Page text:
Did you know some verb tenses are “perfect”?
Everyone knows about the three “simple” tenses: present, past, and future. However, we also have three “perfect tenses” in English: present perfect, past perfect, and future perfect.
So what makes a tense “perfect”? The perfect tenses have a version of “have” as a helping verb and use the past participle form of the verb, which is usually an -ed ending.
Why as writers should be care about the perfect tenses? They allow us greater accuracy in explaining exactly when the action of the sentence is happening.
Present Perfect Tense:
We use present perfect tense when something happened in the past but still occurs today. For example, I have made the pumpkin pie for our family’s Thanksgiving dinner for the past twenty years.
Notice the verb have made. I made the pumpkin pie in the past, and I’m still making it for this year’s Thanksgiving feast. In fact, I just took this year’s pie out of the oven an hour ago, and here it is:
We form present perfect tense by using the helping verb have (or has, if your subject is third person singular like he, she, or it) and the past participle of your verb. (e.g. I have helped Mom; he has helped Mom, too.)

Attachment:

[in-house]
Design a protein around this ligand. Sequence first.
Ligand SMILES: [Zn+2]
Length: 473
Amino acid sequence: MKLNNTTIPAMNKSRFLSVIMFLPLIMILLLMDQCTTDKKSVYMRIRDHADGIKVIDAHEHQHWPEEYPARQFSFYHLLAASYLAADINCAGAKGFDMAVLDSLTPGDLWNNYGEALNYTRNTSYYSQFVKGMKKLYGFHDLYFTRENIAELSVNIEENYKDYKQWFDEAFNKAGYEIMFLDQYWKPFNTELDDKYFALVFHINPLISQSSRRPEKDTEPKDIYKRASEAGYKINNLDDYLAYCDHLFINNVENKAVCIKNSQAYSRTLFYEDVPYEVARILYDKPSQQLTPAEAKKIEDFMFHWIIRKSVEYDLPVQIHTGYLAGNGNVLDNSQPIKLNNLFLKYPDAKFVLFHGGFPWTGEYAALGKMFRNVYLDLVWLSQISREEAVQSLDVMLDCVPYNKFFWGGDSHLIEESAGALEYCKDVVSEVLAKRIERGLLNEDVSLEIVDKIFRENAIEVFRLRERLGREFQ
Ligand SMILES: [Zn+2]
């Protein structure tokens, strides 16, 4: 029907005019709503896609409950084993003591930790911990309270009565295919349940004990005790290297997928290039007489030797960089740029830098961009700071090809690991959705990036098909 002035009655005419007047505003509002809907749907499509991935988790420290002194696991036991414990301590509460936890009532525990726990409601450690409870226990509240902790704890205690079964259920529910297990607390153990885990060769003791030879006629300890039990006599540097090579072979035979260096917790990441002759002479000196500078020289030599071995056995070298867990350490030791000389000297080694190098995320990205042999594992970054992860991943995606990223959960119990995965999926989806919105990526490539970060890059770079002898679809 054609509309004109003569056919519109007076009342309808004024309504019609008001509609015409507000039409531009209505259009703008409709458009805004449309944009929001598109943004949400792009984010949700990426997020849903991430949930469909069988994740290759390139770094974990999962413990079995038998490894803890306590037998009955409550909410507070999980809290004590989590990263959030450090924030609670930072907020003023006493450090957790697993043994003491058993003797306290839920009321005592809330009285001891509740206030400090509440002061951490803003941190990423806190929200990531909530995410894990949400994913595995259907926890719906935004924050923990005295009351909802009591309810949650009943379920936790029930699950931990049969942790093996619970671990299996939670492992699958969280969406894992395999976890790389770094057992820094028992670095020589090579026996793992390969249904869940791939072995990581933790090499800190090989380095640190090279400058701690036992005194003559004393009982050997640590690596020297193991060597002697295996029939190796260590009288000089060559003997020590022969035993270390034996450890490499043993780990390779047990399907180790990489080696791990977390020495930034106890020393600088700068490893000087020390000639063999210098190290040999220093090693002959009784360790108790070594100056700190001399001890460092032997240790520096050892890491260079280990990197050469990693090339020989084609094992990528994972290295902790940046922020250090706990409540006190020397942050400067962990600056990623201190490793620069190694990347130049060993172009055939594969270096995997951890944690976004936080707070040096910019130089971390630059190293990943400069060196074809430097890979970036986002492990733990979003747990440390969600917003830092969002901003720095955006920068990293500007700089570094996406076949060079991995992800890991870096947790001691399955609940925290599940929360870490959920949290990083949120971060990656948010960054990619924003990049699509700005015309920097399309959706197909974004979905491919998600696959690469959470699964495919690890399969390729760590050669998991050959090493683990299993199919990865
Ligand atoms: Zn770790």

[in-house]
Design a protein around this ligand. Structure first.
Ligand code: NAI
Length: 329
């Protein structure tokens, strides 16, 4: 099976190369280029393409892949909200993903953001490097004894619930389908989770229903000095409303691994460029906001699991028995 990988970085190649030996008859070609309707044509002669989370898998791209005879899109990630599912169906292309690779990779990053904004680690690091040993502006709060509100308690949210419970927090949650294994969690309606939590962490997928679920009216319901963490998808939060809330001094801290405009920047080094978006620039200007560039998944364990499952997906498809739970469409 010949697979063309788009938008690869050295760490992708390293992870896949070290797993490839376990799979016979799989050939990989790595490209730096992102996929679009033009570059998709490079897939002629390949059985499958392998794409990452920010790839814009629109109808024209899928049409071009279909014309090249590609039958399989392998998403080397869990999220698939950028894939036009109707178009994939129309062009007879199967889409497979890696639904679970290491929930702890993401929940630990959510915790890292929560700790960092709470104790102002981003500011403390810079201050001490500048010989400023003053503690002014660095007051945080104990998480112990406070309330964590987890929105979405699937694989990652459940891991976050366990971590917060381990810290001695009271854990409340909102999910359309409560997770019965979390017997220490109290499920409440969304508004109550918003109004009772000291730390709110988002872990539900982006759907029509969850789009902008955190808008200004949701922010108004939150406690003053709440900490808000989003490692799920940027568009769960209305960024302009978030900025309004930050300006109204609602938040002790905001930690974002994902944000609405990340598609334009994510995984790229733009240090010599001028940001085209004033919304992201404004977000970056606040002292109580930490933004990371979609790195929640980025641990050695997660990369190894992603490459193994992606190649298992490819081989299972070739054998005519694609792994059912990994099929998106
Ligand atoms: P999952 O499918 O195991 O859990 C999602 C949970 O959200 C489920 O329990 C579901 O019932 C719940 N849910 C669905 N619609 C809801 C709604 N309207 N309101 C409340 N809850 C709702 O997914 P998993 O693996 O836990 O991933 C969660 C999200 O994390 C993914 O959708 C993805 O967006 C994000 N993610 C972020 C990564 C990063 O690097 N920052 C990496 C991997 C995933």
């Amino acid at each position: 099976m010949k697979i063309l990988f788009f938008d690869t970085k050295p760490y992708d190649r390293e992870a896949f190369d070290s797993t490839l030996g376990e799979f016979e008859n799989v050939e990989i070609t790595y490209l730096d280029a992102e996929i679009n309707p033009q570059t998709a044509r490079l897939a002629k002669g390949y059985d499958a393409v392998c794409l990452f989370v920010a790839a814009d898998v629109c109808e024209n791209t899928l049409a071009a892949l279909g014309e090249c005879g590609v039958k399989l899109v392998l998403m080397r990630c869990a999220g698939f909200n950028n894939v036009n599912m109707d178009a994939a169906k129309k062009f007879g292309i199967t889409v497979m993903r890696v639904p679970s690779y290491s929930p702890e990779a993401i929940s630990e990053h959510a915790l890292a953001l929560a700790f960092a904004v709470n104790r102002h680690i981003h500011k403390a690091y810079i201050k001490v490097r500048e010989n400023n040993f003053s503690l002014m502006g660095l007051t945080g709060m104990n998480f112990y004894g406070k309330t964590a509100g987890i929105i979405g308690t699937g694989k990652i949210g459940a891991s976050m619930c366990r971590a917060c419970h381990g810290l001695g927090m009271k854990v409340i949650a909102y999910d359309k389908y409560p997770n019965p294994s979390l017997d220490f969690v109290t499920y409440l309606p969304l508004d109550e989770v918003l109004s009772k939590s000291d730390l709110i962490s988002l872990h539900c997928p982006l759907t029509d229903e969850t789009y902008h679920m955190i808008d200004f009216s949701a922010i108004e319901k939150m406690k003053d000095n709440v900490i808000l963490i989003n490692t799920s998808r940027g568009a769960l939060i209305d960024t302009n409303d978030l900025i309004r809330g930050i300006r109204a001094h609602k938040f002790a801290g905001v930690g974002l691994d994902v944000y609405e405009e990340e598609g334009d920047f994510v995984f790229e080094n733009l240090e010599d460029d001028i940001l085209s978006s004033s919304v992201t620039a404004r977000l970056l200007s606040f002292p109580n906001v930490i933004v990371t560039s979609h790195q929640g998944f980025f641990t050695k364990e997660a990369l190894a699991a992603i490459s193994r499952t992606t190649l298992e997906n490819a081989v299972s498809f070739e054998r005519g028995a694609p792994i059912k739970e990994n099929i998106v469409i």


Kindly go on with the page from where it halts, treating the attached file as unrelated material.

Past Perfect Tenses:
We use past perfect tenses when something happened prior to something else in the sentence. For example, we had polished off the turkey by the time we started on the pie.
Noticed the verbs had polished and started. The verb started is in regular past tense. Had started is past perfect because it indicates that the action of polishing off the turkey happened prior to starting on the pie.
We form the past perfect by using the helping verb had with past participle.
Future Perfect Tenses:
We used the future perfect tense when we want to indicate that some action will have finished by the time we get to the next one. For example, I will have stuffed the turkey by noon tomorrow.
Notice the verb will have stuffed. It’s telling us that the action of stuffing the turkey will be finished by noon tomorrow. Noon has not arrived yet. In fact, tomorrow has not arrived yet! But by the time it does, the action of stuffing the turkey will already be complete.
We form the future perfect tenses by using the helping verbs will and have before the past participle.
Questions about verb tenses? Got your own Thanksgiving example to share?
Compliments on my pumpkin pie? I’m an expert, you know. 🙂